Budget2019-20: Is PTI’s budget for the people, the IMF or the country?
If there is one day when the entire nation has its eyes glued to the screen – apart from the elections or a Pakistan-India cricket match – that has to be the day the budget is announced. From the common man to industrialists, all pin their hopes on the government to see which direction the drivers of our economy are taking the nation. This time the government had a choice – either please the masses or please the International Monetary Fund (IMF). Of course, ultimately, the government is choice-less.
To put things into perspective, never has the government been able to increase their tax revenues by more than 21% in any fiscal year. This year, however, the government is aiming for more than a 35% increase in tax revenues. Most of that is not coming from direct taxes, nor from the corrupt, but from the pockets of the common man. The common man has already felt the brunt of a 45% currency depreciation, a more than 6% increase in the interest rate and the inflationary trend which came along with it. But for now, the golden dreams which the Imran Khan government had been showing us have been deferred to say the least.
Yes, increasing tax revenues was critical because Pakistan’s current tax to Gross Domestic Product (GDP) ratio is just 12%, which, according to Minister of State for Revenue Hammad Azhar, is amongst the lowest “not only in the region but also in the world”. However, it is the magnitude of the increase that will alarm the masses. Why else would the prime minister address the nation and essentially admit to the shortcomings in the 2019-20 budget and instead promise more accountability to help appease the voters through non-monetary benefits.
Keeping the technical details aside, the budget will cause some problems. The failed vote-grabbing tactic of promising a decline in the income tax rates set by Miftah Ismail is going to be reversed immediately. So if your employer is offering you a 5% pay raise, even that will fail to increase your income because of the salary tax. Increased taxes on products will also reduce your real purchasing power. So my advice: plan ahead. Cut down on purchasing luxury items, dinning out and vacations. Perhaps start with the eidi you give; every rupee counts. Naturally, all this will eat into your savings pool or put you in greater debt.
To make you feel better, the government has frozen the salaries of some top ranking government officials and cut the salaries of members of the National Assembly by 10%. But that’s just a few rupees less for people who are already billionaires.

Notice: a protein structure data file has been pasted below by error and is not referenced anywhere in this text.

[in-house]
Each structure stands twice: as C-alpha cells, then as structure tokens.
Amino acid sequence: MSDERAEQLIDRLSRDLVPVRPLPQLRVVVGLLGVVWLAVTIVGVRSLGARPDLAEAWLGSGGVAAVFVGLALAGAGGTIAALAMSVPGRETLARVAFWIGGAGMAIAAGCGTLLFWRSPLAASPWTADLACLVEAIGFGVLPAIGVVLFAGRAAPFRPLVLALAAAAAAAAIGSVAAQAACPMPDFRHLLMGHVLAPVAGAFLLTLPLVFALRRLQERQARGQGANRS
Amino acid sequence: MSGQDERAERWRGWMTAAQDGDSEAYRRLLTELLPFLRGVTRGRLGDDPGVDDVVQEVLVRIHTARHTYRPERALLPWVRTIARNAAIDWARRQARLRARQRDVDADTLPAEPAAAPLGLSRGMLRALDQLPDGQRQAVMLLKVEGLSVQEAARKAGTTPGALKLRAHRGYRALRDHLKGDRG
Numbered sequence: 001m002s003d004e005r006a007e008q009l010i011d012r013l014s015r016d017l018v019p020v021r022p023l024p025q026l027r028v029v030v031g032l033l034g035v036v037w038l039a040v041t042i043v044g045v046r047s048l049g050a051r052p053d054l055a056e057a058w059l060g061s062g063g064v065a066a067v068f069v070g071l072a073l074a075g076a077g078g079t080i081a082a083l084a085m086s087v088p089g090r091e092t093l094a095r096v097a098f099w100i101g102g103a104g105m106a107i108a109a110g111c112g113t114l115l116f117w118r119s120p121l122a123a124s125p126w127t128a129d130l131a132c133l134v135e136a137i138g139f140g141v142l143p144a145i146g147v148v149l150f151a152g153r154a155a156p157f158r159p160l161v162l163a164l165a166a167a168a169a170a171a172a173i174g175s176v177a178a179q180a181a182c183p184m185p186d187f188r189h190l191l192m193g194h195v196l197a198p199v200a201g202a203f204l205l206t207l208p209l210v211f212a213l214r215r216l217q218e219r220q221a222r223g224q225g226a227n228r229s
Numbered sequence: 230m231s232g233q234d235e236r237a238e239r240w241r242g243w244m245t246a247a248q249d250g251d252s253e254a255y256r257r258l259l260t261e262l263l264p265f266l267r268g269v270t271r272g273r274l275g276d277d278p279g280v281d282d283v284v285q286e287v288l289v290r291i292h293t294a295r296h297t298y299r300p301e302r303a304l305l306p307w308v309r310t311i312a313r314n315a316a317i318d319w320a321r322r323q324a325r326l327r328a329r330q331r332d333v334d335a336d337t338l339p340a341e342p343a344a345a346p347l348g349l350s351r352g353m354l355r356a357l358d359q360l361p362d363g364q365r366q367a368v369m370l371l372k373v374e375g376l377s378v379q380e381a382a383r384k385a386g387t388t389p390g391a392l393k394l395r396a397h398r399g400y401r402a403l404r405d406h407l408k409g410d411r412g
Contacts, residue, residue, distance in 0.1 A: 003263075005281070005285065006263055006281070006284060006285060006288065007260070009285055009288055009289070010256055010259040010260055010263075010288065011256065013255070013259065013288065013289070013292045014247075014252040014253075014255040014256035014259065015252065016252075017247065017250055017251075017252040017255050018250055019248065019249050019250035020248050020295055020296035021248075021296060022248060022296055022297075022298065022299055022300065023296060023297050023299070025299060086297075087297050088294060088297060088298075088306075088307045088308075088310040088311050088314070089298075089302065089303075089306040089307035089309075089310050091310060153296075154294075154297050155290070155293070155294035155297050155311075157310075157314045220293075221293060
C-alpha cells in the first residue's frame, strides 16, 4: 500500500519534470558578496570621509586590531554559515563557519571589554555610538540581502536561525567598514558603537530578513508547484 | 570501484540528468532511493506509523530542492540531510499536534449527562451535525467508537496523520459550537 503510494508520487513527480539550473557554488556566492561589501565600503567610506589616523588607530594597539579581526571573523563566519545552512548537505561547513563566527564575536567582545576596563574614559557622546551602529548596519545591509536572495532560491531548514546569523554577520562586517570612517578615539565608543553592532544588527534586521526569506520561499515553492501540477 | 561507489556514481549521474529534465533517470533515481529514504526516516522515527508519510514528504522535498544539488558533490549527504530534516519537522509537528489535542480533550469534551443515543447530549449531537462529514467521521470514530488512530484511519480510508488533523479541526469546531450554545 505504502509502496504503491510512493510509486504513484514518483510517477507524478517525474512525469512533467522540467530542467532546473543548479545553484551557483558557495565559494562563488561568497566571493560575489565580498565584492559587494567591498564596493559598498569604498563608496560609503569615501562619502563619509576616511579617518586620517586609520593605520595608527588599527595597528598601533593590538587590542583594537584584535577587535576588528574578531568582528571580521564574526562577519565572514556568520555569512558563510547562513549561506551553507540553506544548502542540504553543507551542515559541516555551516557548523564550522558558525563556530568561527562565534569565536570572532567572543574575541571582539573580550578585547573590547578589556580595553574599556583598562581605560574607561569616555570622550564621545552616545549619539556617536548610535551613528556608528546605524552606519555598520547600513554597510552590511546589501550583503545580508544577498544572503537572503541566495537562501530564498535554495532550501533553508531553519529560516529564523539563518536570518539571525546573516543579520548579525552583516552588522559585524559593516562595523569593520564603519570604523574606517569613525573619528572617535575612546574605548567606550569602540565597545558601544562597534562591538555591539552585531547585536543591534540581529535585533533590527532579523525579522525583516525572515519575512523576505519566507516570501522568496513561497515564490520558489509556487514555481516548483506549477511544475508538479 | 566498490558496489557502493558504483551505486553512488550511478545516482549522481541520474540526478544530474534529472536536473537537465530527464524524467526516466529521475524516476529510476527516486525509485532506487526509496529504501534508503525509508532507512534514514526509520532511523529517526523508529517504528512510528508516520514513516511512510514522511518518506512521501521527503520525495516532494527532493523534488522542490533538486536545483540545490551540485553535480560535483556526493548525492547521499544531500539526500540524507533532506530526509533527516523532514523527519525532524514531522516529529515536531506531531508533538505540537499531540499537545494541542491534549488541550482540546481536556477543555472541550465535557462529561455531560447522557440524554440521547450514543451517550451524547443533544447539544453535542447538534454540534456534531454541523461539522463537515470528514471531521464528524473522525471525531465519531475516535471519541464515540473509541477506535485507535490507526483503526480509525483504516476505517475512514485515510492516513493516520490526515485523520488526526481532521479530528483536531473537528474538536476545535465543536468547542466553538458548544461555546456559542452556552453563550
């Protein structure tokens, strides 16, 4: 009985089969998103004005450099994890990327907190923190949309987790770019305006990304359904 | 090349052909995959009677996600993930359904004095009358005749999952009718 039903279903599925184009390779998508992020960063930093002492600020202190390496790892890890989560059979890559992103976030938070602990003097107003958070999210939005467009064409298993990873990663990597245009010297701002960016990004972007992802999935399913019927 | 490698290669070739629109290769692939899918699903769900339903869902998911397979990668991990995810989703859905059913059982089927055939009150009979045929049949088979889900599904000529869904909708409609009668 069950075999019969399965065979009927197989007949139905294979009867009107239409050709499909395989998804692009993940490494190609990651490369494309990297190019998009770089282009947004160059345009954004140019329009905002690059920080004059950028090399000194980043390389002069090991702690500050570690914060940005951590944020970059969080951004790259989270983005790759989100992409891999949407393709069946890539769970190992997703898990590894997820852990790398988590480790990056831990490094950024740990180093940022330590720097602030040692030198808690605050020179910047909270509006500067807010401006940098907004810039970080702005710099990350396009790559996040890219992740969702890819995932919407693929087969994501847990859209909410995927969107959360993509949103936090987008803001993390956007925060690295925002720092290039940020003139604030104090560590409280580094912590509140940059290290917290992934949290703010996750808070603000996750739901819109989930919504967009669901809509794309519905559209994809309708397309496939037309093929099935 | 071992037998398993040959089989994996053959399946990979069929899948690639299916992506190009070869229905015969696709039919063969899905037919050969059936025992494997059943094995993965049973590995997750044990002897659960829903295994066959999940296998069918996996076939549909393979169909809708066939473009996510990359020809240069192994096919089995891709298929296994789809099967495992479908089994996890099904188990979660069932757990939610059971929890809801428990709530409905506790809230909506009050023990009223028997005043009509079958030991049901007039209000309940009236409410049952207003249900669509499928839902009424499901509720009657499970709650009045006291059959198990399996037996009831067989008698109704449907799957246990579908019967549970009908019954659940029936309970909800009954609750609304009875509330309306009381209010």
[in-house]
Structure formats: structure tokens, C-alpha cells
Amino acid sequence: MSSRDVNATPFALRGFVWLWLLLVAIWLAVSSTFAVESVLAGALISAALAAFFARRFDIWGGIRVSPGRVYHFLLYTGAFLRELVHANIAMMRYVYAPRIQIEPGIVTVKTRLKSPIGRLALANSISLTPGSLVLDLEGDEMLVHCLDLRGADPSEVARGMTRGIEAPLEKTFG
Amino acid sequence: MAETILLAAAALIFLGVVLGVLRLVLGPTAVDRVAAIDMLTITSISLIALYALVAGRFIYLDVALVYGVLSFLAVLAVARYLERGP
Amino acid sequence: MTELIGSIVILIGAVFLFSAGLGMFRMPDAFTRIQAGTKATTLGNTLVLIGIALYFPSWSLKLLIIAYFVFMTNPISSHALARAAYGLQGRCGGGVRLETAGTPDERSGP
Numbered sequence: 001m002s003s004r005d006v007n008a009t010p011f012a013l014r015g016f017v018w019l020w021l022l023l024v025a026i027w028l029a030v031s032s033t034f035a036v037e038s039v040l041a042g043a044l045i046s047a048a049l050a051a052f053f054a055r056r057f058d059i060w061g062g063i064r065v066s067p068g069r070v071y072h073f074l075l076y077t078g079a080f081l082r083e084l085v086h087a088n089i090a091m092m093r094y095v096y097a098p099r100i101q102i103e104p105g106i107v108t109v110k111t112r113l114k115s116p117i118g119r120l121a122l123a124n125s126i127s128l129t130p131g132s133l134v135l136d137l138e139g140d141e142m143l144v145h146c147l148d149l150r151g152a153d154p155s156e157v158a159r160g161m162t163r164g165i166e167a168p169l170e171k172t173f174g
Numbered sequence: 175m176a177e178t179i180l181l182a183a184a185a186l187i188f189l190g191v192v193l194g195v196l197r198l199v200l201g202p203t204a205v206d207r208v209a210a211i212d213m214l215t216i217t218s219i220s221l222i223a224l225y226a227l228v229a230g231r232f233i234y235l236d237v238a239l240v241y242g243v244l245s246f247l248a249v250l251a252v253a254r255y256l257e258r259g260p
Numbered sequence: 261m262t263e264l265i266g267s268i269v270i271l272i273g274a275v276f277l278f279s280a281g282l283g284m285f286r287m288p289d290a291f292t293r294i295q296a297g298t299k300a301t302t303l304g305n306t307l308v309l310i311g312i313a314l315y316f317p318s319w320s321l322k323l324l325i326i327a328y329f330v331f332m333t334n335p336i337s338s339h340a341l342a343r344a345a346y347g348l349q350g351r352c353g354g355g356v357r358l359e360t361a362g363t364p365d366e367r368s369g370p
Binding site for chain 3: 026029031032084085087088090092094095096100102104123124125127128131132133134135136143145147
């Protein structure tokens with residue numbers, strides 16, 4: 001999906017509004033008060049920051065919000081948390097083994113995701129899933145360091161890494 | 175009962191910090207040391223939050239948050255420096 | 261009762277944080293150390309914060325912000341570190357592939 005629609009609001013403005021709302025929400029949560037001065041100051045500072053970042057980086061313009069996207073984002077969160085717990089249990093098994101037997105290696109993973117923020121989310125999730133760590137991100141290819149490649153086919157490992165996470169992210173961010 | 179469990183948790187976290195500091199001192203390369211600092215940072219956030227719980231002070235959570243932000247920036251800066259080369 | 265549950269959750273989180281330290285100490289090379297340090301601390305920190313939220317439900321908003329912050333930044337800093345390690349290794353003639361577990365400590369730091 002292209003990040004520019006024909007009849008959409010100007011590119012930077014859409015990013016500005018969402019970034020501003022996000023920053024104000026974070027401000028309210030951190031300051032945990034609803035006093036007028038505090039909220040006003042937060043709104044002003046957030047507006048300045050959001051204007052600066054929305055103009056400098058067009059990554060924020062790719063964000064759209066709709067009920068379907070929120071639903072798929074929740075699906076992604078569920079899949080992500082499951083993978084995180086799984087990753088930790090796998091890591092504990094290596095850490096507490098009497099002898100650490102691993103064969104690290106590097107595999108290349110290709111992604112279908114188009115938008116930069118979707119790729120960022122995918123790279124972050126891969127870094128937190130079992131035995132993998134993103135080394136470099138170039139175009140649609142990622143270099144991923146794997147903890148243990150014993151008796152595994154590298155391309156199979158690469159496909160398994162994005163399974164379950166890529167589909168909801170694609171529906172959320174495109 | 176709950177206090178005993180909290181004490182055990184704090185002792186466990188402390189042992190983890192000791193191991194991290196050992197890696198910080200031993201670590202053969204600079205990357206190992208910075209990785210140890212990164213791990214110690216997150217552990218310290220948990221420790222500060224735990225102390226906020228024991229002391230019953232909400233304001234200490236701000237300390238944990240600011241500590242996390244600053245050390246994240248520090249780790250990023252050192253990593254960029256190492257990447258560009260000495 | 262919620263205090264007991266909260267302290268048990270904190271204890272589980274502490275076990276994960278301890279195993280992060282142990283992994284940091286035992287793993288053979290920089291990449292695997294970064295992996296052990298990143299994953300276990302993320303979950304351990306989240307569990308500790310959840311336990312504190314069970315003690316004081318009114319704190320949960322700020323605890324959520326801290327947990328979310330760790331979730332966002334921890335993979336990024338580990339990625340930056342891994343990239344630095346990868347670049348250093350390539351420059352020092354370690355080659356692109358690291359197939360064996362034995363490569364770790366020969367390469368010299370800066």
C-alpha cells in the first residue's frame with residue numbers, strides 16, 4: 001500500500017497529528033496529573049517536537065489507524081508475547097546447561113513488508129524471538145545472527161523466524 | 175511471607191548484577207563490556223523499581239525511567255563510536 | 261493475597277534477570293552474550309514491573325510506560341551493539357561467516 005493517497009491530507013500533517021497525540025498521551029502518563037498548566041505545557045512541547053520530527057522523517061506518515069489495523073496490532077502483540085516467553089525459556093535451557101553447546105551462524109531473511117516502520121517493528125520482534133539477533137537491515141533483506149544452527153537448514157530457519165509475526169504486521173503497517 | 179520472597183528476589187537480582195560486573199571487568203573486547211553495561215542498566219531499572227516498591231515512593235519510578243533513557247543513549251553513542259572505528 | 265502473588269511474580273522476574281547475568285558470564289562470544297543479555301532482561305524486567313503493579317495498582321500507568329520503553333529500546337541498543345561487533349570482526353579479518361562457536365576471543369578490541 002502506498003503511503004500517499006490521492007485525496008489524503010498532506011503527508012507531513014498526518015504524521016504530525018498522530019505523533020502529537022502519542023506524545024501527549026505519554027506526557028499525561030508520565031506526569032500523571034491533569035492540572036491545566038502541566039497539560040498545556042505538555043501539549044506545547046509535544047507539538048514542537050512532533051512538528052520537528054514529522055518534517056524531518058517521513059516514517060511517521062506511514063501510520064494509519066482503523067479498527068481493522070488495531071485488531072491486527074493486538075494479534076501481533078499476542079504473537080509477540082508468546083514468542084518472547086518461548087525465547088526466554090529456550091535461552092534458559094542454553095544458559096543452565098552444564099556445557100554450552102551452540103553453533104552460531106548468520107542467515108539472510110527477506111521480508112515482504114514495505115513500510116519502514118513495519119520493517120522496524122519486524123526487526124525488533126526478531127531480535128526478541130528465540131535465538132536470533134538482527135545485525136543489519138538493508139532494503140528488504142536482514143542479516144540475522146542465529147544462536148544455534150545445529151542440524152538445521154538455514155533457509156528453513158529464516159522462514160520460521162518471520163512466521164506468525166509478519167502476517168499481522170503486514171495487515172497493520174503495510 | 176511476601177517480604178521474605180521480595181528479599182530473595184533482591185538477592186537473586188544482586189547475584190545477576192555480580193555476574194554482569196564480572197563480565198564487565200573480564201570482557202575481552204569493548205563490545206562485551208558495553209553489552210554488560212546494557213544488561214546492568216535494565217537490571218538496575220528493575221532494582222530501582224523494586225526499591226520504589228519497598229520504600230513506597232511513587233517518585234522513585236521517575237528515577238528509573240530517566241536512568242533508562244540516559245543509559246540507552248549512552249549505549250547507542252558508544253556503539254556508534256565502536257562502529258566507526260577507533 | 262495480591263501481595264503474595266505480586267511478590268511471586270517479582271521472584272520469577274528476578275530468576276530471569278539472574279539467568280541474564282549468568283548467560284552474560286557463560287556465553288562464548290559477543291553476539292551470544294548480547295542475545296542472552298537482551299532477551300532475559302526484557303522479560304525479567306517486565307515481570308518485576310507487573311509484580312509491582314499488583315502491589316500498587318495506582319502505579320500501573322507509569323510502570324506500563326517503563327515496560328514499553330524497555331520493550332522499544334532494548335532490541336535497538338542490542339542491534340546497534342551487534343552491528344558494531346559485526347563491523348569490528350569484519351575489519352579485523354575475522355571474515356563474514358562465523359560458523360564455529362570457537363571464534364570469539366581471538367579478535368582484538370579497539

What is going to be more expensive as a result of the budget? Pretty much everything. The Federal Excise Duty (FED) on cars has been increased. Compared to the great old days of 2017, the cost of owning a car – taking into account fuel cost, car price and interest rates – has gone up by almost 60-70%. This can kill the feasibility of new players in the market, such as Hyundai, KIA motors, Renault and Changan.
Your grocery bills will also increase by 10% as tax rates have been increased on sugar, fish, meat, chicken, ghee and beverages. Additionally, a major issue for the policy makers could be the removal of the zero-rated status for the five export industries: textile, leather, carpet, surgical goods and sports goods. The already faltering exports might see some more cash flow issues, although in the past, officials have been illegally avoiding taxes by declaring local sales as export sales. Also, in case you have your wedding planned, there has been another tax imposed on jewellery ranging from 1-3%.
For law-abiding citizens, there is some good news. The government is showing some intent of going after tax evaders and the black economy. The sales tax for restaurants have been reduced to bring them into the tax net. If businesses are compliant, the minimum salary they need to offer has been increased to Rs 17,500 per month. Furthermore, in a positive move, the government is offering tax credit to organisations for hiring university and college graduates. The limit for the whitening of black money through foreign remittances has been decreased from Rs10 million to Rs5 million per year. Property transactions worth more than Rs5 million an only be carried out through the banking channels only. The otherwise un-taxed income of the middle man working with farm produce is being brought into the tax net, a topic loved by our new FBR chairman.
For businesses, the sad news continues. As if the 45% currency depreciation, doubling of interest rates, lower consumer purchasing power and red tapism were not enough, there has been a further increase in custom duties across the board. The 10% tax credit they would receive if they expanded and modernised their plants is going to be withdrawn and their product will be saddled with more duties. The turnover tax has also been increased in an attempt to extract the maximum amount through taxation.
In a nut-shell, this budget is solely and wholly aimed at increasing the tax to GDP ratio so as to pave the way for the IMF bailout and bring the economy on a self-sustainable path. It's difficult to recall another time where the government successfully ran a fiscal deficit of 7% in two consecutive years. However, these deficits are more likely to be plugged with local debt than foreign debt since Pakistan’s current account deficit is projected to be $6 billion for this year. Yes, the sincerity of the prime minister and the government cannot be doubted this early on since the baggage of previous decades falls upon their shoulders.
The prime minister’s Kamyab Jawan Programme is a step in the right direction, but this is simply not enough. Despite their claims, the common man will definitely feel the weight of this budget, and who knows, maybe "ghabraya hee jaye" (we should be worried).